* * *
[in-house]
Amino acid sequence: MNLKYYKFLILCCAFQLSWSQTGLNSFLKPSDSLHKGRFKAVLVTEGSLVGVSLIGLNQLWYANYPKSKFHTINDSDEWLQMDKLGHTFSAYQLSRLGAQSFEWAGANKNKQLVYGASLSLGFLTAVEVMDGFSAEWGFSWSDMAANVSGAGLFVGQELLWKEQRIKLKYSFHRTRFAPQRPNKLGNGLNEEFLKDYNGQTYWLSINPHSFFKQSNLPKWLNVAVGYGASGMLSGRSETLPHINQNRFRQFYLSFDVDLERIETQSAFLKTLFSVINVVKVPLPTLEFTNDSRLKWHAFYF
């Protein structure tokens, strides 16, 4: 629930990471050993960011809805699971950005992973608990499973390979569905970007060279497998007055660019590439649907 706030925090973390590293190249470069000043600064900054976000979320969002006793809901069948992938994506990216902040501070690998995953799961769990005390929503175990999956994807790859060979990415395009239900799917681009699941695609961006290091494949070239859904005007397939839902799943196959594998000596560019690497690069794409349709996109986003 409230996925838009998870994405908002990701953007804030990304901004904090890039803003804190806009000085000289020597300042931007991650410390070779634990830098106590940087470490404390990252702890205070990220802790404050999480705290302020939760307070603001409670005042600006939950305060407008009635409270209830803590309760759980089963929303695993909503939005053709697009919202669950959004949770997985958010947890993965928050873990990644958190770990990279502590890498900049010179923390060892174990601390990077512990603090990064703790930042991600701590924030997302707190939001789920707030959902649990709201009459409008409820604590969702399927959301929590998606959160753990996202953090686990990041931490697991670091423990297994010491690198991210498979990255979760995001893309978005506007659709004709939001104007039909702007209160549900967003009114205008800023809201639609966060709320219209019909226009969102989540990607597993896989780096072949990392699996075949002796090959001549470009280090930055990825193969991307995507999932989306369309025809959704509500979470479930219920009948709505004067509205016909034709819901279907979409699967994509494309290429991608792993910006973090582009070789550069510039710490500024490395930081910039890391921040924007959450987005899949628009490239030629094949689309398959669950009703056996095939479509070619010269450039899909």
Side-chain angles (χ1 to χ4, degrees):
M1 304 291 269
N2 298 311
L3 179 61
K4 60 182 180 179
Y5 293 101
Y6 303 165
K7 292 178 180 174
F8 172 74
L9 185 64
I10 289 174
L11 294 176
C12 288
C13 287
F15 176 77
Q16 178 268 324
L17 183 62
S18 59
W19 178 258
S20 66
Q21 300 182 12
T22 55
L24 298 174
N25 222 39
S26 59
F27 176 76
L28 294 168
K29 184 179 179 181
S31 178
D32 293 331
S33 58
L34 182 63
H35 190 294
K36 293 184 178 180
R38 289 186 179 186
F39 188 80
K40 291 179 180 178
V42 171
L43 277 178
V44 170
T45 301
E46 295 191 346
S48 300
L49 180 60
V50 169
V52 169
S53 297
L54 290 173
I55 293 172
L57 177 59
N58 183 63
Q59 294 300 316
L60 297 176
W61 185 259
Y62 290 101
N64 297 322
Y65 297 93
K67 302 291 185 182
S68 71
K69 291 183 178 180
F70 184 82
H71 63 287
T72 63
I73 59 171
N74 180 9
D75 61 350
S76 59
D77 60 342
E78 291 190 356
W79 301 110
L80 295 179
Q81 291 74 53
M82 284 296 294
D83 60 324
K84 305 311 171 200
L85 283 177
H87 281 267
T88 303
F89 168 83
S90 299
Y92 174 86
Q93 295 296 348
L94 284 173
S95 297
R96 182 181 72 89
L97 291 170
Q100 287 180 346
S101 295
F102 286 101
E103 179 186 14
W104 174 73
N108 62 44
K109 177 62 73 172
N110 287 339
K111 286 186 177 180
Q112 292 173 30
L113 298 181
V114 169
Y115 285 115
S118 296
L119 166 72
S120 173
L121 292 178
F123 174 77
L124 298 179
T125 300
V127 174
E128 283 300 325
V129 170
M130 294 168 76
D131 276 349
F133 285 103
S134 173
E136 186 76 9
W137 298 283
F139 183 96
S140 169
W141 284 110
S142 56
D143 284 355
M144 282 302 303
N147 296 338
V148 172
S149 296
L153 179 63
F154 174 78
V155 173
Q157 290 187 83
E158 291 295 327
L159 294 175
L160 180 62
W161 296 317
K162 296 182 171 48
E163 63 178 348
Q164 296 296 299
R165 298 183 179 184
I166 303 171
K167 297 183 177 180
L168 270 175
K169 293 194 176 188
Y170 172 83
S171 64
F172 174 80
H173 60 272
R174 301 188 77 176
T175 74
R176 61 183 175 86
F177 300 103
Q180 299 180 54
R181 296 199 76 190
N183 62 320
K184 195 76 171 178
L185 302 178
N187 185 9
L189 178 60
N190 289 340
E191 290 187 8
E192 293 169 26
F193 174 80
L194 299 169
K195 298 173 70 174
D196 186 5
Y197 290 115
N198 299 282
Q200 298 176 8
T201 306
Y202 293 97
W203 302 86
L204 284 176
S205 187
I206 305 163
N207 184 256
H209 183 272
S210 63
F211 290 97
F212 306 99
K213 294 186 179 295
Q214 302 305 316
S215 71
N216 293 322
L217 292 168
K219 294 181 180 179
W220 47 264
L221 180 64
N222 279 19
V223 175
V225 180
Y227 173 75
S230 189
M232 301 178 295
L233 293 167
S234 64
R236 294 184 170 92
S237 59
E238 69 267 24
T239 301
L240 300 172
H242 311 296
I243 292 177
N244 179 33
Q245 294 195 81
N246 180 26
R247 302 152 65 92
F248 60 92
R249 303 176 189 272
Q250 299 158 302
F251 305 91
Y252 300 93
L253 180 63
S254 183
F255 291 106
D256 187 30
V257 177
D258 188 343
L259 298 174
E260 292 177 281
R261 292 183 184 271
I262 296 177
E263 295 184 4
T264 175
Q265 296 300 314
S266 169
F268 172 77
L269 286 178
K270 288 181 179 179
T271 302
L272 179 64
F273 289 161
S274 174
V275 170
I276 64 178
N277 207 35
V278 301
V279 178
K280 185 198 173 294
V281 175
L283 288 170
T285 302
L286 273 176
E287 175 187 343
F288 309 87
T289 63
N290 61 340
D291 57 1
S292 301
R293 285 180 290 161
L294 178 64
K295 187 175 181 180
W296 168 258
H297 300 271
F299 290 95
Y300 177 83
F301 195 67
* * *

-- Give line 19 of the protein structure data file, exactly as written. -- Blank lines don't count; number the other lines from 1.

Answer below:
Q16 178 268 324